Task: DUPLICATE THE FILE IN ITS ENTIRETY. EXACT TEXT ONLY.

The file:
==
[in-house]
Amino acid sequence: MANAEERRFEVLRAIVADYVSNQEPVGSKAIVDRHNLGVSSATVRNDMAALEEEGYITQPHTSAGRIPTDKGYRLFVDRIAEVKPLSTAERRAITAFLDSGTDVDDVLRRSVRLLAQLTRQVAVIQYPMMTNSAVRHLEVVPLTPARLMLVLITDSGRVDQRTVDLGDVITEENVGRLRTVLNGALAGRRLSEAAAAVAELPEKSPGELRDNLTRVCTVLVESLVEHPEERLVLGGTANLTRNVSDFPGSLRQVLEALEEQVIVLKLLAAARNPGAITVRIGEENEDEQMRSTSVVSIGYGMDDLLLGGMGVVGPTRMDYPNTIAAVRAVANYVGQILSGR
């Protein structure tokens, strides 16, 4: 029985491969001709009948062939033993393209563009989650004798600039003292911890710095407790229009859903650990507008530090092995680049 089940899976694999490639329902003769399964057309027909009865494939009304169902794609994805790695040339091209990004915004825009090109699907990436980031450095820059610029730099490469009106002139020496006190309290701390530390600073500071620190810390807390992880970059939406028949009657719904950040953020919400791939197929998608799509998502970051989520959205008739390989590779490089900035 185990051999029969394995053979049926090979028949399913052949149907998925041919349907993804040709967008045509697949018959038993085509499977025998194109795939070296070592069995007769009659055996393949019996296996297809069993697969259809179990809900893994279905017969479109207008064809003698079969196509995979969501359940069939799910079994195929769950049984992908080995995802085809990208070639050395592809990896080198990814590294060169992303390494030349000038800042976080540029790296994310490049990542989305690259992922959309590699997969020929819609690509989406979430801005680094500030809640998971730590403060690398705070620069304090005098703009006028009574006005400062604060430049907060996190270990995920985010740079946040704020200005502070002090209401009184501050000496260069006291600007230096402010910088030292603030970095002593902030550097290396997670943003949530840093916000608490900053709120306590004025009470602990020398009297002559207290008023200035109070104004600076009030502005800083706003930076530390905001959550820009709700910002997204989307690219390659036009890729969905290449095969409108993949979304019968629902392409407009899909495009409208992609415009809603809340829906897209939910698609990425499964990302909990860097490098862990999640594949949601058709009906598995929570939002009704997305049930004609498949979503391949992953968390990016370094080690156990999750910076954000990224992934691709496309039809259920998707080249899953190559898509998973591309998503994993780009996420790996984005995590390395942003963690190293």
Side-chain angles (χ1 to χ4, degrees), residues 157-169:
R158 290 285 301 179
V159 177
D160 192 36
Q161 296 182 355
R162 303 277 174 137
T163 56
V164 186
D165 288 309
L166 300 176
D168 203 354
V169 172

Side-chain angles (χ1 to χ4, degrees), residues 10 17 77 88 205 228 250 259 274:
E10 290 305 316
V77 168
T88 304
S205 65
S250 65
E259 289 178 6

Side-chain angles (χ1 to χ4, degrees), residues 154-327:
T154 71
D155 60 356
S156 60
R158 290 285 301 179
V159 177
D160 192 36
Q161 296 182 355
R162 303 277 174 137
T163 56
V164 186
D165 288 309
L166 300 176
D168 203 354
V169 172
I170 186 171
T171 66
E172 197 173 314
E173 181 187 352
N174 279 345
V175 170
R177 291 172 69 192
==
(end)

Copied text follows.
[in-house]
Amino acid sequence: MANAEERRFEVLRAIVADYVSNQEPVGSKAIVDRHNLGVSSATVRNDMAALEEEGYITQPHTSAGRIPTDKGYRLFVDRIAEVKPLSTAERRAITAFLDSGTDVDDVLRRSVRLLAQLTRQVAVIQYPMMTNSAVRHLEVVPLTPARLMLVLITDSGRVDQRTVDLGDVITEENVGRLRTVLNGALAGRRLSEAAAAVAELPEKSPGELRDNLTRVCTVLVESLVEHPEERLVLGGTANLTRNVSDFPGSLRQVLEALEEQVIVLKLLAAARNPGAITVRIGEENEDEQMRSTSVVSIGYGMDDLLLGGMGVVGPTRMDYPNTIAAVRAVANYVGQILSGR
């Protein structure tokens, strides 16, 4: 029985491969001709009948062939033993393209563009989650004798600039003292911890710095407790229009859903650990507008530090092995680049 089940899976694999490639329902003769399964057309027909009865494939009304169902794609994805790695040339091209990004915004825009090109699907990436980031450095820059610029730099490469009106002139020496006190309290701390530390600073500071620190810390807390992880970059939406028949009657719904950040953020919400791939197929998608799509998502970051989520959205008739390989590779490089900035 185990051999029969394995053979049926090979028949399913052949149907998925041919349907993804040709967008045509697949018959038993085509499977025998194109795939070296070592069995007769009659055996393949019996296996297809069993697969259809179990809900893994279905017969479109207008064809003698079969196509995979969501359940069939799910079994195929769950049984992908080995995802085809990208070639050395592809990896080198990814590294060169992303390494030349000038800042976080540029790296994310490049990542989305690259992922959309590699997969020929819609690509989406979430801005680094500030809640998971730590403060690398705070620069304090005098703009006028009574006005400062604060430049907060996190270990995920985010740079946040704020200005502070002090209401009184501050000496260069006291600007230096402010910088030292603030970095002593902030550097290396997670943003949530840093916000608490900053709120306590004025009470602990020398009297002559207290008023200035109070104004600076009030502005800083706003930076530390905001959550820009709700910002997204989307690219390659036009890729969905290449095969409108993949979304019968629902392409407009899909495009409208992609415009809603809340829906897209939910698609990425499964990302909990860097490098862990999640594949949601058709009906598995929570939002009704997305049930004609498949979503391949992953968390990016370094080690156990999750910076954000990224992934691709496309039809259920998707080249899953190559898509998973591309998503994993780009996420790996984005995590390395942003963690190293």
Side-chain angles (χ1 to χ4, degrees), residues 157-169:
R158 290 285 301 179
V159 177
D160 192 36
Q161 296 182 355
R162 303 277 174 137
T163 56
V164 186
D165 288 309
L166 300 176
D168 203 354
V169 172

Side-chain angles (χ1 to χ4, degrees), residues 10 17 77 88 205 228 250 259 274:
E10 290 305 316
V77 168
T88 304
S205 65
S250 65
E259 289 178 6

Side-chain angles (χ1 to χ4, degrees), residues 154-327:
T154 71
D155 60 356
S156 60
R158 290 285 301 179
V159 177
D160 192 36
Q161 296 182 355
R162 303 277 174 137
T163 56
V164 186
D165 288 309
L166 300 176
D168 203 354
V169 172
I170 186 171
T171 66
E172 197 173 314
E173 181 187 352
N174 279 345
V175 170
R177 291 172 69 192